I am providing a link, Environmental Sciences Europe, which discusses "reef safe", one interesting point, was the lack of information on Zinc Oxide and Titanium Dioxide effects on the reef. One reason is that manufacturers of these ingredients have some of the most powerful lobbyists in Washington, as ZnO & TiO2 are in everything; food, toothpaste, haircare, skin care, sunscreens, paint to name a few, this article
Over the last few weeks, I have received a number of donation requests from the EWG (Environmental Working Group) to BAN TOXIC ingredients, of which Titanium Dioxide is in the top 3. Side note: 25 years ago, a respected Molecular Geneticist, told us to avoid Titanium Dioxide, as he thought more information is needed on the stability of this ingredient, so we never used it in our formulations.
If you look up Zinc Oxide in PubChem (link attached) PubChem resource, you will notice the primary hazard of Zinc Oxide, which is insoluble in water is the threat to the environment, "very toxic aquatic life with long lasting effects".
On another personal note, many years ago, in the mid 2000s, I met Jean-Michael Cousteau, the son of famous oceanographer Jacques Cousteau, who was promoting Reef Safe Sunscreen. I have the testing showing biodegradability and yet it had all the no, no ingredients; oxybenzone, octinoxate, octisalate, homosalate, octocrylene, avobenzone and preservatives.
Jean-Michael said, when they used Zinc Oxide and Titanium Dioxide, they’d notice when it came off in the water, it would cover the reef and they never biodegrade, they actually bio-accumulate. I'm linking an article he wrote in 2012 in Diver Magazine, The Truth About Sunscreens and Coral Reefs
I’m telling you this, as now I see products that have Zinc Oxide & Titanium Dioxide and right on the packaging they list, Biodegradable. HOW? This is what I mean about frustrating.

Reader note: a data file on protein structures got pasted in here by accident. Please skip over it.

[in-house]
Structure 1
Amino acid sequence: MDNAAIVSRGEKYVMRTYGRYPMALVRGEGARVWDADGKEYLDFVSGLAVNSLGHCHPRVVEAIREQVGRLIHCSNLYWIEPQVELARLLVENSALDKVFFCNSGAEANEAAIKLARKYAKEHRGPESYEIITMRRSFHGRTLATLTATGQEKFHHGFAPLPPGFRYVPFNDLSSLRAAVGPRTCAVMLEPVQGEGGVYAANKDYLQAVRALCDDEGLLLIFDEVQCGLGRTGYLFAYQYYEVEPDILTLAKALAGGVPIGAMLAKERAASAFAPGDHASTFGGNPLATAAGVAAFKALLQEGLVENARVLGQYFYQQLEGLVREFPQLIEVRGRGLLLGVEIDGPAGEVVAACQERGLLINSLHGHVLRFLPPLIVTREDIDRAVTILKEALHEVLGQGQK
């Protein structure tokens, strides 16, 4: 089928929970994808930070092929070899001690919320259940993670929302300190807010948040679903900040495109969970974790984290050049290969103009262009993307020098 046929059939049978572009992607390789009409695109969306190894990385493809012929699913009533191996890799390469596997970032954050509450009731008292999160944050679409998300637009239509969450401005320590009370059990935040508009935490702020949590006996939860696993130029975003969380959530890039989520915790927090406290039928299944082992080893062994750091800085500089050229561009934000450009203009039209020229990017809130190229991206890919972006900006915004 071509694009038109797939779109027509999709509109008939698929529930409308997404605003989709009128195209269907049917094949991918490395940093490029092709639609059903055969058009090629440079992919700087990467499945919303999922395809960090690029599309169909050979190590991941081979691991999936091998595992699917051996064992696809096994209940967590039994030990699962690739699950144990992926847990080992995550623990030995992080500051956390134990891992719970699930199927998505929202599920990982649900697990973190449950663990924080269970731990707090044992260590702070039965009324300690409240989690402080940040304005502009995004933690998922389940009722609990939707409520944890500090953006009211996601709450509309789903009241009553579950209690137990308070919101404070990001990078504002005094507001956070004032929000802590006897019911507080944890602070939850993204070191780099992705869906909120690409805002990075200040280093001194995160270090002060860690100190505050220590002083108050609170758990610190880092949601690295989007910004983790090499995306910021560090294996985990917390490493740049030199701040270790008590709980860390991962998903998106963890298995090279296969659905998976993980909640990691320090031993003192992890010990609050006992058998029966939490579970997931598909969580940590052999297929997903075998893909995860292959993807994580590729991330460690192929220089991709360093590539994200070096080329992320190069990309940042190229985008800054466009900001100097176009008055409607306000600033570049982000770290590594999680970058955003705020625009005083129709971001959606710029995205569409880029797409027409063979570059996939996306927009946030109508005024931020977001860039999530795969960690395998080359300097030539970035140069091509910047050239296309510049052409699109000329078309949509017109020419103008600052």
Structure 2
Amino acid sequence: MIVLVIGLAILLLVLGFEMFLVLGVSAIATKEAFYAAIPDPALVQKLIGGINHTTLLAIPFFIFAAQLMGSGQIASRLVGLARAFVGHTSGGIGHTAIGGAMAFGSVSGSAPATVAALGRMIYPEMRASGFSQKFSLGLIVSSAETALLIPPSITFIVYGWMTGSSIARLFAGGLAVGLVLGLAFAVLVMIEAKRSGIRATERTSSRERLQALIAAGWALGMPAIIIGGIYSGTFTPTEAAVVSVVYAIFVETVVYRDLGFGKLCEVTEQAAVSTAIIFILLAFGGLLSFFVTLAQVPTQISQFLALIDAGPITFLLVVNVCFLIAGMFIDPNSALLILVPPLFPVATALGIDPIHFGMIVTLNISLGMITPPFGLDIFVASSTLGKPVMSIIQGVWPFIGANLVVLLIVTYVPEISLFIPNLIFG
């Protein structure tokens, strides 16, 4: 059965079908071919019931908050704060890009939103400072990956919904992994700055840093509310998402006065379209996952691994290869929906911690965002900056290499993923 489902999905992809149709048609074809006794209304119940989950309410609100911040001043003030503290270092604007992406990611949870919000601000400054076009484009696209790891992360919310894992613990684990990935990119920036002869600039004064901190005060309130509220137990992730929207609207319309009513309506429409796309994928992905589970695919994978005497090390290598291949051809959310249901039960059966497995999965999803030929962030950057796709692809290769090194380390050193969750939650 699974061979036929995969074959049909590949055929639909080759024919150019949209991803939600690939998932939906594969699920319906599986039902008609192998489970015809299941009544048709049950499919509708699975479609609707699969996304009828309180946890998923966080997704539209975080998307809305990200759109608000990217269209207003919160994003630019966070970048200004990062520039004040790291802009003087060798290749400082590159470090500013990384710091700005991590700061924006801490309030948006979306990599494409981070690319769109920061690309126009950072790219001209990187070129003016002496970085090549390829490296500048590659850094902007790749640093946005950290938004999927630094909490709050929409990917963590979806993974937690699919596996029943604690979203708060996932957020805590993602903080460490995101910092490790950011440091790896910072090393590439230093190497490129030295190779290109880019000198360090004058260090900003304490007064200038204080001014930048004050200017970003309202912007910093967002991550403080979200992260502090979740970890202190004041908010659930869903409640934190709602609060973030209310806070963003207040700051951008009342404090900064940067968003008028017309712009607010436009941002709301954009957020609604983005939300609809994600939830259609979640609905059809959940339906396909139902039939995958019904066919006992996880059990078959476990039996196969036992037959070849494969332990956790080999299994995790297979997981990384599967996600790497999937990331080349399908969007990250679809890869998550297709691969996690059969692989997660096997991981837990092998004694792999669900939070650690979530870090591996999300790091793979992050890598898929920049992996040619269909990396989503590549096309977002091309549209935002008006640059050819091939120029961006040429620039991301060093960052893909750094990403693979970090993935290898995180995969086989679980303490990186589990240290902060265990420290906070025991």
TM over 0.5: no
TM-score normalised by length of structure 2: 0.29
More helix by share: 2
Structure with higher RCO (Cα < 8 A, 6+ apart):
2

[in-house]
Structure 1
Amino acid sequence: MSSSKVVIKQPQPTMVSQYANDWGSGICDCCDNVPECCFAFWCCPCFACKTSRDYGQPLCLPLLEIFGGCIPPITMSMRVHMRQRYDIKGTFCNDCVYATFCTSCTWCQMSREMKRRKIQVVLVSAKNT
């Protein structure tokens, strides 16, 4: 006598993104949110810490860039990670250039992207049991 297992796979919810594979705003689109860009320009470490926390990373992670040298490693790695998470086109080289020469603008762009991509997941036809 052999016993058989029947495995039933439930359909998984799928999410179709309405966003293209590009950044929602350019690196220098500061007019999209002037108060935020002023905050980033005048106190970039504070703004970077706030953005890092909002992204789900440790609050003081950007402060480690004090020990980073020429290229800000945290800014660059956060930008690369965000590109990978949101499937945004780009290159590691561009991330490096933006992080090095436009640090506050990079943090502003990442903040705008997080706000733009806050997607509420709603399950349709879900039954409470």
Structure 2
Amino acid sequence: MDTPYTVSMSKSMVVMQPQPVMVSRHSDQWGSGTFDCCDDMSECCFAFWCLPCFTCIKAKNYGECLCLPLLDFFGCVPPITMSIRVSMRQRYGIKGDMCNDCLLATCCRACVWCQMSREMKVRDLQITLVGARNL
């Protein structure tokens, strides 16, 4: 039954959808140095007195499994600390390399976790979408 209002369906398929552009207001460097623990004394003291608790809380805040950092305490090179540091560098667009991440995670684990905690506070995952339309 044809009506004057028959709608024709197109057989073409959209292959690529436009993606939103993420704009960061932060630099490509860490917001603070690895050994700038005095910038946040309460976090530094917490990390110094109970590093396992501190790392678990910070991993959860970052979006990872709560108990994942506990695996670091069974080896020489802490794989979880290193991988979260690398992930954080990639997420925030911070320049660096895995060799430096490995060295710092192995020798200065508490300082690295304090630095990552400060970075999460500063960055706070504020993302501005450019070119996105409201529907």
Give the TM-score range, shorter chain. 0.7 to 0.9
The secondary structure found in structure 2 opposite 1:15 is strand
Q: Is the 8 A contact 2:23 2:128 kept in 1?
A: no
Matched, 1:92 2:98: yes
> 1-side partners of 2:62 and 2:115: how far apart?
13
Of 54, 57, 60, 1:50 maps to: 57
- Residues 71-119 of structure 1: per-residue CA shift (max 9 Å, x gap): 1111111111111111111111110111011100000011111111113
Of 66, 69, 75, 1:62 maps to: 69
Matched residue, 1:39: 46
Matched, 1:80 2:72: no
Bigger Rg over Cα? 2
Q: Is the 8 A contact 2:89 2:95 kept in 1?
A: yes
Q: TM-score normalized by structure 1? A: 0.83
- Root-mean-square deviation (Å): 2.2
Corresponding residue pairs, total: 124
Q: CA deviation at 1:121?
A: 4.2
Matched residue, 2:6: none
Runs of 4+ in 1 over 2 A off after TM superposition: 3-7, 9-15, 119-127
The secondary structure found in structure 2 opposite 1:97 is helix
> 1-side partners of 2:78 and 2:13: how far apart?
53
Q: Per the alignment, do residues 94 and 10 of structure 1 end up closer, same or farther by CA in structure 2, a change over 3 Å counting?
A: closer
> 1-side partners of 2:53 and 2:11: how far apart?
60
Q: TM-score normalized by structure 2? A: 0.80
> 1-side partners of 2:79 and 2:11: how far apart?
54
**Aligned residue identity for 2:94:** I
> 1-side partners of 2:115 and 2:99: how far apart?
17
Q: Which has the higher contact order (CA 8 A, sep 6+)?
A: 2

Sunscreen Ingredients:BU strictly adheres to FDA guidelines, using approved ingredients, ensuring the exclusion of harmful substances like Parabens and Retinols.
Sunscreen Best Practices:Your suggestions resonate deeply, and it's heartening to note our common ground.
- Use sunscreen alternatives first: agreed- BU makes UV apparel with 98% broad spectrum protection- ultra-light weight feel, that never looses it’s efficacy.
- Opt for zinc oxide or titanium dioxide sunscreens: I believe this is a personal choice, if you don’t properly apply and will never reapply the zinc or titanium creams, pick something that you like to use and will reapply.
- Apply wisely: Reapplication is a must,
- Toss expired sunscreen: If your cream uses mineral oils or spray uses alcohol, the actives do break down faster in these formulations. BU uses an Anhydrous formulation, that is highly stable and, IF, the sunscreen bottle has not been exposed to/or stored in the sun, it stays effective.
- Don’t neglect the inside-out factors: I love it and agree for overall health, there are many factors, but still believe topical sun protection can help.
I admire your commitment to health, wellness, and the environment. Let's continue celebrating the sun responsibly, prioritizing our well-being and that of the planet. Your efforts in shedding light on these topics are invaluable, and I thank you for that.